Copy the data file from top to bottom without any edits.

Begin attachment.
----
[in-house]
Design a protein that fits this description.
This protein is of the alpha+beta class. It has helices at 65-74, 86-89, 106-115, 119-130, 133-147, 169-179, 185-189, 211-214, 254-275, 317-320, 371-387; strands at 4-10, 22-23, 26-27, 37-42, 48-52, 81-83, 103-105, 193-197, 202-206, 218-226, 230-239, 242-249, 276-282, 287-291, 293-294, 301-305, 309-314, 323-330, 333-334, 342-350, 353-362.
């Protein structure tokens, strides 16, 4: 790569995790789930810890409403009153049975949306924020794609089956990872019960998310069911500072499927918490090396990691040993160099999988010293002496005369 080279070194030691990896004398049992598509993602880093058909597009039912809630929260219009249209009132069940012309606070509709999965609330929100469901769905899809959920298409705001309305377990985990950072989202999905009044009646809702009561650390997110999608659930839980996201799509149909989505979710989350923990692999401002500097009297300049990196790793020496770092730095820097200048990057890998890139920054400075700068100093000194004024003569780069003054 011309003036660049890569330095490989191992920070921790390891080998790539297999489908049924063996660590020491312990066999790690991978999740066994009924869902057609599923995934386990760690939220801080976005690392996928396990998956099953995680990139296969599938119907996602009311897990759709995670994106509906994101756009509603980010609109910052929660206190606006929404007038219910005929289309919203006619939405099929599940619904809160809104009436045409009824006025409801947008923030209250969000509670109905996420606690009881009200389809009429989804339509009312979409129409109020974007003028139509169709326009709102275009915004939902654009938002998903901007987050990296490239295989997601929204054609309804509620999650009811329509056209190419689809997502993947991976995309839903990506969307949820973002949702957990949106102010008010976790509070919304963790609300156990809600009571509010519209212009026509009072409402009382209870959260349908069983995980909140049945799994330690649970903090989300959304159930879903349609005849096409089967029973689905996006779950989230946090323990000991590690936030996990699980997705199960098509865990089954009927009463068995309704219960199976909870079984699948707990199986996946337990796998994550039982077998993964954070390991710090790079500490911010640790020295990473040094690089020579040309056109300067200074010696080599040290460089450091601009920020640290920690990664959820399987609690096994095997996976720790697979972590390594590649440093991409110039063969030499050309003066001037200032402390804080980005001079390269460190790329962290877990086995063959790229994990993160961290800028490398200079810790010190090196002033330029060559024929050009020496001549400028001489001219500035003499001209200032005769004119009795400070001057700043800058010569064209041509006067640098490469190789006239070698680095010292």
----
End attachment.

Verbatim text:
[in-house]
Design a protein that fits this description.
This protein is of the alpha+beta class. It has helices at 65-74, 86-89, 106-115, 119-130, 133-147, 169-179, 185-189, 211-214, 254-275, 317-320, 371-387; strands at 4-10, 22-23, 26-27, 37-42, 48-52, 81-83, 103-105, 193-197, 202-206, 218-226, 230-239, 242-249, 276-282, 287-291, 293-294, 301-305, 309-314, 323-330, 333-334, 342-350, 353-362.
């Protein structure tokens, strides 16, 4: 790569995790789930810890409403009153049975949306924020794609089956990872019960998310069911500072499927918490090396990691040993160099999988010293002496005369 080279070194030691990896004398049992598509993602880093058909597009039912809630929260219009249209009132069940012309606070509709999965609330929100469901769905899809959920298409705001309305377990985990950072989202999905009044009646809702009561650390997110999608659930839980996201799509149909989505979710989350923990692999401002500097009297300049990196790793020496770092730095820097200048990057890998890139920054400075700068100093000194004024003569780069003054 011309003036660049890569330095490989191992920070921790390891080998790539297999489908049924063996660590020491312990066999790690991978999740066994009924869902057609599923995934386990760690939220801080976005690392996928396990998956099953995680990139296969599938119907996602009311897990759709995670994106509906994101756009509603980010609109910052929660206190606006929404007038219910005929289309919203006619939405099929599940619904809160809104009436045409009824006025409801947008923030209250969000509670109905996420606690009881009200389809009429989804339509009312979409129409109020974007003028139509169709326009709102275009915004939902654009938002998903901007987050990296490239295989997601929204054609309804509620999650009811329509056209190419689809997502993947991976995309839903990506969307949820973002949702957990949106102010008010976790509070919304963790609300156990809600009571509010519209212009026509009072409402009382209870959260349908069983995980909140049945799994330690649970903090989300959304159930879903349609005849096409089967029973689905996006779950989230946090323990000991590690936030996990699980997705199960098509865990089954009927009463068995309704219960199976909870079984699948707990199986996946337990796998994550039982077998993964954070390991710090790079500490911010640790020295990473040094690089020579040309056109300067200074010696080599040290460089450091601009920020640290920690990664959820399987609690096994095997996976720790697979972590390594590649440093991409110039063969030499050309003066001037200032402390804080980005001079390269460190790329962290877990086995063959790229994990993160961290800028490398200079810790010190090196002033330029060559024929050009020496001549400028001489001219500035003499001209200032005769004119009795400070001057700043800058010569064209041509006067640098490469190789006239070698680095010292």